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Digital Pre-Plans and the Active Shooter

Author: Stephen Nardi, CEO, RealView, LLC

Date: 2015-12-17
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As experience has taught us, response technologies are a requisite part of the campus gameplan


We all noticed something changing with Columbine in 1999. Through 9/11 and Virginia Tech and Ft. Hood, the Aurora theater shooting, and Sandy Hook, terms like “active shooter” and “lockdown” have made their way into our daily – yes, daily – lexicon. As risks and threats change, so too must your approach to protecting those who operate and frequent your property – be it a shopping center, a school campus, a hospital, a sports stadium.

The phrase “can’t happen here” is obsolete.

Image Above: CommandScope replaces outdated paper-based emergency action plans/manuals and is utilized on emergency vehicle computers and touch screen computers on-site at building security stations. 

Since the turn of this century, the FBI has defined mass shootings as a single attack in which four or more victims were killed. A 2013 mandate from President Obama to study the problem further reduced the number to three victims killed. In their database, the New York Times excludes mass murders via robbery or gang violence or domestic abuse in private homes. With these parameters, since 1999, of the 42 mass shootings documented, almost 40 percent occurred on a college campus or school grounds.

And with the atrocities at San Bernardino’s Inland Center and at the Bataclan night club and Stade de France in Paris, the definition of target hazard has broadened. Right now every sports facility commission is re-engaging its emergency response plan. There are currently more than 1,350 sports arenas in this country. According to the National Center for Spectator Sports, Safety and Security, only about one-third of those are taking all necessary measures to secure themselves. In the next five weeks there are 41 college bowl games and 31 college basketball tournaments and showcases.

Most school and campus administrations, as well as facility managers, understand how emergency response protocols and communications procedures tie in with local governments and first responders. But there also are tools and technologies available to property and facility owners and managers that do the same.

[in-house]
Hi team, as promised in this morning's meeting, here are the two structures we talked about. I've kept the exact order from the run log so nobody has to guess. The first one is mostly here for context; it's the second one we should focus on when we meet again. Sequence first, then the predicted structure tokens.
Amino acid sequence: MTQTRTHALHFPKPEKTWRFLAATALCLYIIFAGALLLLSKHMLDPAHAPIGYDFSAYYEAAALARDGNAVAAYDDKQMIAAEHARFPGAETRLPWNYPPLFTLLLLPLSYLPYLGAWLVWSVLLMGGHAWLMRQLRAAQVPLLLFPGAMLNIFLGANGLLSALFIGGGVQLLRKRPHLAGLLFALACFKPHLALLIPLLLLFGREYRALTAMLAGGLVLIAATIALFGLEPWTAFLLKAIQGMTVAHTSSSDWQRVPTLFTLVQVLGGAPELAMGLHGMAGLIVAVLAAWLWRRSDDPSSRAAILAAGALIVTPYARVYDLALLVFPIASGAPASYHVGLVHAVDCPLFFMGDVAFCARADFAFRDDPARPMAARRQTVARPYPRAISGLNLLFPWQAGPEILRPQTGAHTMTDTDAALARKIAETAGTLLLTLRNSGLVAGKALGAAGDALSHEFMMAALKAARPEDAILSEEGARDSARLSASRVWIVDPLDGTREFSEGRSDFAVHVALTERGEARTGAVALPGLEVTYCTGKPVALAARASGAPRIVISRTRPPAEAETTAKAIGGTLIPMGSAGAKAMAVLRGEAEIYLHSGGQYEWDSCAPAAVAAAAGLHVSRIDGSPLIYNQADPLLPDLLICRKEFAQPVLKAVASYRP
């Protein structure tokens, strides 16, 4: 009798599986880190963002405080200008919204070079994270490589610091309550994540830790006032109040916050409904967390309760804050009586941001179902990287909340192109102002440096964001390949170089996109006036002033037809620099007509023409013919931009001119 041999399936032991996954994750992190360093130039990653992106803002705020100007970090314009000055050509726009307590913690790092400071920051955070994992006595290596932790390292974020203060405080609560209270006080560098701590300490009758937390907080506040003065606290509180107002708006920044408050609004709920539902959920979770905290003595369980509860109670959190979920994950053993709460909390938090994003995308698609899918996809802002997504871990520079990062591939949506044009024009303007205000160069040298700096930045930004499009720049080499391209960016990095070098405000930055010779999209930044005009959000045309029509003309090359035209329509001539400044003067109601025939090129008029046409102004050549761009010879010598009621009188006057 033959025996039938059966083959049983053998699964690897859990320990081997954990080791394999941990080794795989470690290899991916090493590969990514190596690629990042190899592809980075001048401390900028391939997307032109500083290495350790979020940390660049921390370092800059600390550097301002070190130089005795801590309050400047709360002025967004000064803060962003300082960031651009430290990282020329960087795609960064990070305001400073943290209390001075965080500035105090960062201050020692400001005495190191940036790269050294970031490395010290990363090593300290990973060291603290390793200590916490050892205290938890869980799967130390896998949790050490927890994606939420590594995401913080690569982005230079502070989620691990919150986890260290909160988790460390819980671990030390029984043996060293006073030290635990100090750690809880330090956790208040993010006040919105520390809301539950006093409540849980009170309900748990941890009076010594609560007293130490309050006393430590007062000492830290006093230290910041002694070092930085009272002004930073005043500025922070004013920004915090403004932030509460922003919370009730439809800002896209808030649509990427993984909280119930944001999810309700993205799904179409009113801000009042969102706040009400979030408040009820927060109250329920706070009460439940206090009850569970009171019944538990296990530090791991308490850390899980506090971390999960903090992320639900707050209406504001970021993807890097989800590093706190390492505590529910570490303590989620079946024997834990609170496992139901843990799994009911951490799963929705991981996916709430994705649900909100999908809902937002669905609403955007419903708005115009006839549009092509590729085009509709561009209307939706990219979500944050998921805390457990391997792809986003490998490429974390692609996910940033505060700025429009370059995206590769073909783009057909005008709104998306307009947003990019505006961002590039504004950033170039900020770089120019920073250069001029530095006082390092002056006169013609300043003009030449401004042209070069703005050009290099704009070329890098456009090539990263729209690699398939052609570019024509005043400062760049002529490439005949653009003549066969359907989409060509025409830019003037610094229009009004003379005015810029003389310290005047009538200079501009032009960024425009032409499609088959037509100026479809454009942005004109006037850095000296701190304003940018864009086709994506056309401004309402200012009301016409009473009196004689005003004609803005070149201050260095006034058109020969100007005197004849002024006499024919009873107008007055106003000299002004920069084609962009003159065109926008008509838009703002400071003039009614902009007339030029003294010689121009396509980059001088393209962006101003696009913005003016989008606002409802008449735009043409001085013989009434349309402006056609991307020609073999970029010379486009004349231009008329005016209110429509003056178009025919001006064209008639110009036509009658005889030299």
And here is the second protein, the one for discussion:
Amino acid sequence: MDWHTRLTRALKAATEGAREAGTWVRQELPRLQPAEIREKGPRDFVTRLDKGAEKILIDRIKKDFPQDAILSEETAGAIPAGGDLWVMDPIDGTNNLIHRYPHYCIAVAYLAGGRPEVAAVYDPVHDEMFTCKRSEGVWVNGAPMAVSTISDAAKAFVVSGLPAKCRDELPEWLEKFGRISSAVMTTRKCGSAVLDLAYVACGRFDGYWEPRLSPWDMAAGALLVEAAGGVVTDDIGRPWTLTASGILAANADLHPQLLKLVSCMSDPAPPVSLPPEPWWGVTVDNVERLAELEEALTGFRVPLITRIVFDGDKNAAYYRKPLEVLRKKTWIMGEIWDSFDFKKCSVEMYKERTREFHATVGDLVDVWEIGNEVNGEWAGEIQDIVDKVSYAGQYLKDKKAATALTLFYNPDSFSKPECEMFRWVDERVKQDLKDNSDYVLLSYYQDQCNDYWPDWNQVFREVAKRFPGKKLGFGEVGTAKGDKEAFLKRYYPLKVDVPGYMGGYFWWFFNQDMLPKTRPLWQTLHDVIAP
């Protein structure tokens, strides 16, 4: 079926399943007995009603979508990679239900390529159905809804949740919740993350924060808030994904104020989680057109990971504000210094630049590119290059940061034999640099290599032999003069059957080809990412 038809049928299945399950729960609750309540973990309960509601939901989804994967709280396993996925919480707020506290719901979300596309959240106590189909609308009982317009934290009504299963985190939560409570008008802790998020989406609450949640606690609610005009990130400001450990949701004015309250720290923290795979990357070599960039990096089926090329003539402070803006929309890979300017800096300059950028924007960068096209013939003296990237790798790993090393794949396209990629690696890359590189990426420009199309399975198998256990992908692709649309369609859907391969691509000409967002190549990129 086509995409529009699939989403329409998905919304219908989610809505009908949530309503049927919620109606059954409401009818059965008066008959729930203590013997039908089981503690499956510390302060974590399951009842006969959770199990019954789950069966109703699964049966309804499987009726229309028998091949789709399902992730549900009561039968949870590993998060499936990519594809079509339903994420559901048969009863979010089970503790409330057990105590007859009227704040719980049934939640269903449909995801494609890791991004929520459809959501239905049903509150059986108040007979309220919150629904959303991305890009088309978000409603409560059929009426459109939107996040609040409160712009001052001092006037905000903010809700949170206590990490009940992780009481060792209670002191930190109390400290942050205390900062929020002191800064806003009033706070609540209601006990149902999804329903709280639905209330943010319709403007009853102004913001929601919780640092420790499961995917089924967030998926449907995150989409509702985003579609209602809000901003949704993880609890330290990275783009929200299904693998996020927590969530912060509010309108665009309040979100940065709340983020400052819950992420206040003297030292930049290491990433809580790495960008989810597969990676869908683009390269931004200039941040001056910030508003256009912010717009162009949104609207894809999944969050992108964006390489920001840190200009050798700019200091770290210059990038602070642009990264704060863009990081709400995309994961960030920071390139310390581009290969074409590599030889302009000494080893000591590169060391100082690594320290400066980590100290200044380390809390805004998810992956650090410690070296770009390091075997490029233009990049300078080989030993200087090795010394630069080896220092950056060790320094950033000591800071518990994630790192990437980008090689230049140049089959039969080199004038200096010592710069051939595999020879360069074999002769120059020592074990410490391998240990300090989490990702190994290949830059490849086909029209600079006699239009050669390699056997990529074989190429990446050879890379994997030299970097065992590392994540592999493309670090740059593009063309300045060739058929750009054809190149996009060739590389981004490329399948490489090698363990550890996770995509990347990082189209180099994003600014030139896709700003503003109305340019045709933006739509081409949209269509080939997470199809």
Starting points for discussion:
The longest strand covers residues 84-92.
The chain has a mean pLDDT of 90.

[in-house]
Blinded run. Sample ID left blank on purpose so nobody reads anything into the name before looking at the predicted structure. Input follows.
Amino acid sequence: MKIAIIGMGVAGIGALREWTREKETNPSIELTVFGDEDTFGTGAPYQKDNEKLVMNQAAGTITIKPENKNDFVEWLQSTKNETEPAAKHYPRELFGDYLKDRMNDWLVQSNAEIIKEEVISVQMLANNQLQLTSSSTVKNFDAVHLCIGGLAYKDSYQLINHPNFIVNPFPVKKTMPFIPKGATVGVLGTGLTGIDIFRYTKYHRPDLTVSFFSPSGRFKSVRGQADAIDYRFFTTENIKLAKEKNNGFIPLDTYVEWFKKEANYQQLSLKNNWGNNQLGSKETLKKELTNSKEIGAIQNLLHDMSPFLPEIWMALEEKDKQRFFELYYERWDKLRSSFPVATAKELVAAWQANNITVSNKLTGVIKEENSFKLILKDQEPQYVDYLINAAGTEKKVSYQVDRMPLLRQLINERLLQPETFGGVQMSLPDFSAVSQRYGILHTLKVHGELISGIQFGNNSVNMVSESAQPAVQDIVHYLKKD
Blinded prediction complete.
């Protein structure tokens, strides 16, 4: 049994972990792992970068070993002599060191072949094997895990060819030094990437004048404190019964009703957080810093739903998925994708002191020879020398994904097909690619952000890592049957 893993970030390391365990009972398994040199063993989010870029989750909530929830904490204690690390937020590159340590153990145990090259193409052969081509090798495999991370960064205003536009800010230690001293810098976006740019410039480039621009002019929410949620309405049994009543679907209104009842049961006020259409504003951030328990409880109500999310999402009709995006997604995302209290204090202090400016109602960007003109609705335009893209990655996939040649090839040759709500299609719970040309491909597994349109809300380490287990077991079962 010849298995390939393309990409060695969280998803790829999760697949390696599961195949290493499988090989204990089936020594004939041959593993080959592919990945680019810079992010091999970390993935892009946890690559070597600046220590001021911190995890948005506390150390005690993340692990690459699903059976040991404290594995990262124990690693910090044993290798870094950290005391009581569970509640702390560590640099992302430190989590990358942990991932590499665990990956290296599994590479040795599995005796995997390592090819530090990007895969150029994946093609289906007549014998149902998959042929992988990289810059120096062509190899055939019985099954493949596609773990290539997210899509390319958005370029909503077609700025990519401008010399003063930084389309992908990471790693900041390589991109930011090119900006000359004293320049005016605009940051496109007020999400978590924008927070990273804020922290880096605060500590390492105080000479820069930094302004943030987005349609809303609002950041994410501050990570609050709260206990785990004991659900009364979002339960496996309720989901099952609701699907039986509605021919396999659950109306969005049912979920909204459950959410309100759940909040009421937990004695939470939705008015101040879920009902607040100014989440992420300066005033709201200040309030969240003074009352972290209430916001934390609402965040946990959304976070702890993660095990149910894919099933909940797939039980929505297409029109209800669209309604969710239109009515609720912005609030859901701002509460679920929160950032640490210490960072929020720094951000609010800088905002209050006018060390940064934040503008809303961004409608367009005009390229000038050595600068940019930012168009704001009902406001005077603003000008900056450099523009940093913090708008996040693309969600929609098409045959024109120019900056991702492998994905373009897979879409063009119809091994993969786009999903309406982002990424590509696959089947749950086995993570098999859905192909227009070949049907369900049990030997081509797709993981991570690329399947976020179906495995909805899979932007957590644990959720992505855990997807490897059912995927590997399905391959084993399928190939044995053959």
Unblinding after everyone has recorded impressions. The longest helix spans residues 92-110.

The modern emergency response pre-plan program is now all-digital. Moreover, it is shareable between facilities and first responders. An all-digital pre-plan program, such as our technology CommandScope, shares highly-detailed property information with first responders so they have easy access to the latest building and occupant characteristics. It leverages cloud-based technology allowing for real-time updates to be accessible even en route to emergencies.

Image Above: Facility pre-plans have been a mainstay of fire service response planning for decades; but with the prevalence of active shootings in public and educational facilities, law enforcement is learning the value of digital pre-plans in coordinating and planning for response. Photo: RealView LLC.

Who are the most vulnerable among your students, faculty and staff? Who may have special needs? What do the floor plans look like? How is the campus laid out? Where are exits and escape routes? Where are utility shut-off locations?

Having immediate, shareable answers is important as first responders in your area may have never conducted a thorough walk-through of your school or campus. And since many fire and police departments in the U.S. respond via "mutual aid" agreements, the majority of first responders most likely have never stepped foot in your building(s) prior to the 9-1-1 call.

In 2014, the city of St. Louis began planning with CommandScope, including Busch Stadium in its list of target hazards.  But waiting for local authorities and governments to have all available assets and measures in place isn’t always an option.

In 2012, the University of Connecticut installed CommandScope to assist its fire department in emergencies across the campus. In 2013, Loyola University Chicago implemented use of the program over its main campuses – including Gentile Arena where many of the sports teams play. And then in 2014, Loyola expanded use to blanket all three of its campuses. Since then, Roosevelt University in Chicago also adopted CommandScope for its downtown campus.

In each of these cases, the digital pre-plan is being incorporated into response plans and drills. The technology works side-by-side with cameras, detectors, alarms, communications systems and human intelligence to create a holistic response to emergency situations.

Because, in the end, “can’t happen here” needs to be prepared for.

For  further information, see:

- Corporate News/ (via RealView, LLC, 12/15/15)



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